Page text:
These ⁣individuals are often crime victims, and as many as half of those with schizophrenia or bipolar⁢ disorder attempt suicide.

Some ⁣29 percent of family homicides ⁣are ‌committed by someone with severe ⁣mental illness; 7 percent of all homicides, ​20 percent of all law enforcement officer fatalities, and ⁢up to 50 percent of mass homicides are ‍associated with ⁣severe mental ‌illness, according to TAC.

“Our policies about ⁣this, especially within the medical system, are not based on what we⁤ actually know about the trajectory of what works in ​an illness like this; it is based on wishful thinking,” Ms. Dailey said.

Beyond the ⁤prevention of homelessness or ⁣a criminal incident, the‍ wish for ‌the Pennsylvania mother is to find long-term solutions that will allow her ⁢son ​to live ‌a safe, dignified life with meaning and purpose.

It’s a ⁢wish “not only ⁢for​ my son but for all ⁤that have to endure it.”

Who is the​ education reporter in the Portland Press Herald?

Lana Cohen​ – Education Reporter – The Portland‍ Press Herald ⁢| LinkedIn.⁣ Eptember 2021. According to ‌his friends and family, Card had⁤ struggled with mental‌ illness for years. His ​father, Ernest Card, told the Portland Press Herald, ‍“We⁣ loved him and tried⁤ to help him.”

This tragic incident ‌highlights the challenges faced ⁤by loved ones of⁤ individuals with mental illness. They often witness their family member’s ‌suffering and⁣ struggle to find the care and ⁣support they need. Many are frustrated by the limited resources and barriers to ⁢treatment,⁤ such as the IMD Exclusion mentioned⁤ earlier.

Family members often bear​ the responsibility of caring for ⁣their loved one with⁣ mental illness, even though they‍ may ⁢lack the knowledge,⁣ skills, and resources to provide adequate care. They may also face stigma and judgment from society, which‌ can further isolate and discourage them.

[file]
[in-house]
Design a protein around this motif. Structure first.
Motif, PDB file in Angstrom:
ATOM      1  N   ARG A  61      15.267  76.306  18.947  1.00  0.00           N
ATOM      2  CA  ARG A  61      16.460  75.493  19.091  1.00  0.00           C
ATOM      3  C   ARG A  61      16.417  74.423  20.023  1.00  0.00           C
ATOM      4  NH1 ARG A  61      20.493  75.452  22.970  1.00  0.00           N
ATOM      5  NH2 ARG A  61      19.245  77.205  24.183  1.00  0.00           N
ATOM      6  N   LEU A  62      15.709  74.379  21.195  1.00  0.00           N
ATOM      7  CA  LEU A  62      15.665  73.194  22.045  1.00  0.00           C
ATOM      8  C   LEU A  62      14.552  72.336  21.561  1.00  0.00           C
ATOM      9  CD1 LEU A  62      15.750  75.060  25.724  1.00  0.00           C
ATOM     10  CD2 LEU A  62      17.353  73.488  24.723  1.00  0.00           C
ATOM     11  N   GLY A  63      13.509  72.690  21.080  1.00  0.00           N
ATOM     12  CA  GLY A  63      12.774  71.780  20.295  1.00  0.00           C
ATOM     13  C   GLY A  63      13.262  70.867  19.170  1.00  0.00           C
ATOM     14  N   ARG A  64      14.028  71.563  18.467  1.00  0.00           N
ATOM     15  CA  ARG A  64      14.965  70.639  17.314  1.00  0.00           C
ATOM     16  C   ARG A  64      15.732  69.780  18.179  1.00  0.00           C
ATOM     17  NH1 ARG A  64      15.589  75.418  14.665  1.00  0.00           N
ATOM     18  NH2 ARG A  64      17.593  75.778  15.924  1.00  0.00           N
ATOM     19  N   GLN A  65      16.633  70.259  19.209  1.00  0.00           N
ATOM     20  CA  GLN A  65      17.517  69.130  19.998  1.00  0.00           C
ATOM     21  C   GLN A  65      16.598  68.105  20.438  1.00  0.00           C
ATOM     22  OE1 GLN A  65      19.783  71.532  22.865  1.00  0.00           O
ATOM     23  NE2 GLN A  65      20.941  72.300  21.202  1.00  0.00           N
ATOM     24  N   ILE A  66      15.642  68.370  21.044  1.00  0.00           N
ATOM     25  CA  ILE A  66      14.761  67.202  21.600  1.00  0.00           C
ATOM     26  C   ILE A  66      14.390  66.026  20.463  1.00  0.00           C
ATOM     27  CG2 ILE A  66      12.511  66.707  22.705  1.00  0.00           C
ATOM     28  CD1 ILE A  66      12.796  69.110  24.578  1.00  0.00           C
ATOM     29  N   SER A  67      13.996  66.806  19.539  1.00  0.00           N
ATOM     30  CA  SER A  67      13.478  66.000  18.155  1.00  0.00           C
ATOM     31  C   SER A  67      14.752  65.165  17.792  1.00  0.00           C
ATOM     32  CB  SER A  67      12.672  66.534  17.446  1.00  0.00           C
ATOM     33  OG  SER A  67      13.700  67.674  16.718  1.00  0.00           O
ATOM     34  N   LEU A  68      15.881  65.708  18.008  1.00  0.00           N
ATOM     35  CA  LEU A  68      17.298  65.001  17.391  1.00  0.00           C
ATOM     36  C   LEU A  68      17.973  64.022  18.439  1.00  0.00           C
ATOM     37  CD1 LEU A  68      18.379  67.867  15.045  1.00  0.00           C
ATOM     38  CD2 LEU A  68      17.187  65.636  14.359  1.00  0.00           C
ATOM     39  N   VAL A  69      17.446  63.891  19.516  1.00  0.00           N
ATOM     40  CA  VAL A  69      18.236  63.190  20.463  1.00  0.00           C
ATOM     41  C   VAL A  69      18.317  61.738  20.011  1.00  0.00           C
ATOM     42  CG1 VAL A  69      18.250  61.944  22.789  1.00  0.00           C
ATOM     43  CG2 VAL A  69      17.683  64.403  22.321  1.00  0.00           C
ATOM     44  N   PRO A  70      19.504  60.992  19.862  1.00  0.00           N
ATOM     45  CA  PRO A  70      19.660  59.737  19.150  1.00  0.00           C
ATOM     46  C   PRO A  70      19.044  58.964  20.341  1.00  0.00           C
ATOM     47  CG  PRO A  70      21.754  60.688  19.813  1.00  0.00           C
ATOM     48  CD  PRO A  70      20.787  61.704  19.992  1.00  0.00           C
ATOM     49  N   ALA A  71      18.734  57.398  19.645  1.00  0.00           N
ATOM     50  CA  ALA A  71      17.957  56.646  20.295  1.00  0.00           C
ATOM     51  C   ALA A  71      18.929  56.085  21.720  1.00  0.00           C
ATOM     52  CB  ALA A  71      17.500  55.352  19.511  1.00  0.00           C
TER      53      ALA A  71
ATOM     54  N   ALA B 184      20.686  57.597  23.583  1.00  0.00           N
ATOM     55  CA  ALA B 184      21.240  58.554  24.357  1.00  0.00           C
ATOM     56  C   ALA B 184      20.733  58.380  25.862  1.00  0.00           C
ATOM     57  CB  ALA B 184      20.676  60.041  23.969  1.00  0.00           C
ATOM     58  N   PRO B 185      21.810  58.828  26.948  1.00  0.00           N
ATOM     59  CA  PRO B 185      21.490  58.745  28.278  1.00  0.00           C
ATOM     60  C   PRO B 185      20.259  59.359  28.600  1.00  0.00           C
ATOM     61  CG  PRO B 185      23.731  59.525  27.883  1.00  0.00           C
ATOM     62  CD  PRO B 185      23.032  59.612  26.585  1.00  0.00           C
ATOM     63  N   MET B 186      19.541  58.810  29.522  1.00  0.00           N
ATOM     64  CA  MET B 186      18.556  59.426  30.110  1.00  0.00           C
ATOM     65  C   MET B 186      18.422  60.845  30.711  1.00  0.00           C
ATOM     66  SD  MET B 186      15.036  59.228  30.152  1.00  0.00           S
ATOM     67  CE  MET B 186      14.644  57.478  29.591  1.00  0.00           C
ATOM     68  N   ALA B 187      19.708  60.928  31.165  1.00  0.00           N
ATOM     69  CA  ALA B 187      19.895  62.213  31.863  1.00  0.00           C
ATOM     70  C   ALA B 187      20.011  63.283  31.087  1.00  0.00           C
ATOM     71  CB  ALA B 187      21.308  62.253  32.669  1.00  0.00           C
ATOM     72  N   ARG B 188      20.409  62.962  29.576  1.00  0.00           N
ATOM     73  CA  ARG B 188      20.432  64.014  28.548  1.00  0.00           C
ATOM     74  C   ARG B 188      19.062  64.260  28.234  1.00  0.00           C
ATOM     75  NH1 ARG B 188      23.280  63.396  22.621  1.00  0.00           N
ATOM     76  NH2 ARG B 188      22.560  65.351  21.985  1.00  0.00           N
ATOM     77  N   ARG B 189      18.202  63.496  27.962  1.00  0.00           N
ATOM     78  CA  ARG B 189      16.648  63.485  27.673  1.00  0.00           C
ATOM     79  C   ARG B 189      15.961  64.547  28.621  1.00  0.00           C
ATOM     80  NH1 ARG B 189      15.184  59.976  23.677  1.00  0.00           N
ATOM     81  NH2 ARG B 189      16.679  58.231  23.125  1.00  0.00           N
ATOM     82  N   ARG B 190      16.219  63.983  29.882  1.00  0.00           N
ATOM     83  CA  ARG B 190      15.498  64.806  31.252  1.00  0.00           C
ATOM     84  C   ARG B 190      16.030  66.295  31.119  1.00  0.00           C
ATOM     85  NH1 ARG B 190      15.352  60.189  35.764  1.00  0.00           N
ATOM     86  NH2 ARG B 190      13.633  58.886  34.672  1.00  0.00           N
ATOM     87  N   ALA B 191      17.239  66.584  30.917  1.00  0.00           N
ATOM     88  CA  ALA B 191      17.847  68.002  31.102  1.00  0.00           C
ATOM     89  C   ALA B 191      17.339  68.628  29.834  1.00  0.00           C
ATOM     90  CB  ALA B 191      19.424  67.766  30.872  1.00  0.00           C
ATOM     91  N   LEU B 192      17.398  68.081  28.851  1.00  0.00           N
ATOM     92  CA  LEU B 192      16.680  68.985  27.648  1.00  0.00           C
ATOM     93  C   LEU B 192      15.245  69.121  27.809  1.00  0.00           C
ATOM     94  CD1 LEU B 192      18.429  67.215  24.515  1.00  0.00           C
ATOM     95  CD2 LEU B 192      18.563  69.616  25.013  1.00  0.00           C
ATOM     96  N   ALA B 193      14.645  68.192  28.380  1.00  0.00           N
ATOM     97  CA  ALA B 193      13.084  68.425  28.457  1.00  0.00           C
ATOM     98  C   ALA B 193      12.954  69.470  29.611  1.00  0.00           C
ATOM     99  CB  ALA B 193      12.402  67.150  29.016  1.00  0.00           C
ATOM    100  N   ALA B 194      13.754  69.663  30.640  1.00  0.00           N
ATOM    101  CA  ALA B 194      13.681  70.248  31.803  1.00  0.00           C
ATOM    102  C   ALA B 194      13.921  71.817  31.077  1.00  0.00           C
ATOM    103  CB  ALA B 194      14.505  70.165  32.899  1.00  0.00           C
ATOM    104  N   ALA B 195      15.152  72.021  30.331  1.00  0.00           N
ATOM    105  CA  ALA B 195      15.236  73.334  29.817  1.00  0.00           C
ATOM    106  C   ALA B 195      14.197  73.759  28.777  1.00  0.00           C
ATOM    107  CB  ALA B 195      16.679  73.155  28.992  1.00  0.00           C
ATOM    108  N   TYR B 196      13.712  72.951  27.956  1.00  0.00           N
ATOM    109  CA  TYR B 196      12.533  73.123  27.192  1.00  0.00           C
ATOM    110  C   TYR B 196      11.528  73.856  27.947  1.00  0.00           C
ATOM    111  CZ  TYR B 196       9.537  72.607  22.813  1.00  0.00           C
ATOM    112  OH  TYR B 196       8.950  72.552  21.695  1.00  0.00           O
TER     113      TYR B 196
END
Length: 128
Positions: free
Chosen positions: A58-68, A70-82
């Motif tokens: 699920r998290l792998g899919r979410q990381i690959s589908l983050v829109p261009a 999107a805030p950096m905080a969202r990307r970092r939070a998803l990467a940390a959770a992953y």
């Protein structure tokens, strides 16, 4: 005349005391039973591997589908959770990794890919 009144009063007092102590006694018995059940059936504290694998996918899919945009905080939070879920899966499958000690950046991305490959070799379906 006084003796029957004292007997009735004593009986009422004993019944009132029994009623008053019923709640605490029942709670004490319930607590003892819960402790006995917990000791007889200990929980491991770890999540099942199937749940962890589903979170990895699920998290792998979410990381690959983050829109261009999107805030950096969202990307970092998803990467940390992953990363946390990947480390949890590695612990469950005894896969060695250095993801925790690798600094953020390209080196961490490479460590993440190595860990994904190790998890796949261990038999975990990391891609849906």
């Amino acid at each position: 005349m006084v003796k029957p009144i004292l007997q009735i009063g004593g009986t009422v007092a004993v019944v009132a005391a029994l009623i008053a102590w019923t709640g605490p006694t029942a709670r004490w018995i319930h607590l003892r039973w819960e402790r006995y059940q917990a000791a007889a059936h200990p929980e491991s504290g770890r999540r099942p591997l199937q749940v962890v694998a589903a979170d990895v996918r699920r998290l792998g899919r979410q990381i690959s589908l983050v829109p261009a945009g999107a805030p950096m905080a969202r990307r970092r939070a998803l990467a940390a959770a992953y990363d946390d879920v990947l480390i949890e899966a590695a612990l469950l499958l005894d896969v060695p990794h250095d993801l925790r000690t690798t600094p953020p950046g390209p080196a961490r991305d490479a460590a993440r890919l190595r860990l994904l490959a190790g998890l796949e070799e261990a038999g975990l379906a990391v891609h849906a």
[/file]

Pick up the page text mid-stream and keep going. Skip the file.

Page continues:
Advocates, such as Ms. ⁣Dailey mentioned ‍in ⁤the previous section, ​call for⁣ policy ⁤changes​ to address‌ these issues and provide better support for families and individuals with⁢ mental ⁣illness. They argue that investing in mental health resources ⁣and removing barriers to care is ⁤not only ‌essential for⁢ the well-being of those affected​ but also for ‍public safety.

Mental illness is⁤ a⁤ complex ⁣issue that requires⁣ a multifaceted approach. ⁣It is crucial to prioritize both early intervention and​ ongoing care for individuals with mental illness. Equally important is ‍the provision⁣ of resources, education,​ and support for their loved ones, who⁢ play a vital role in their care and recovery.

As society continues to grapple with the impact of mental ⁣illness, it is essential to foster compassion, understanding, and empathy. By working together and ‌advocating for change, we can create a more inclusive‍ and supportive environment for those ‌affected ​by mental illness⁣ and their loved⁤ ones.


Read More From Original Article Here: Severe Mental Illness: The Ignored Public Health Crisis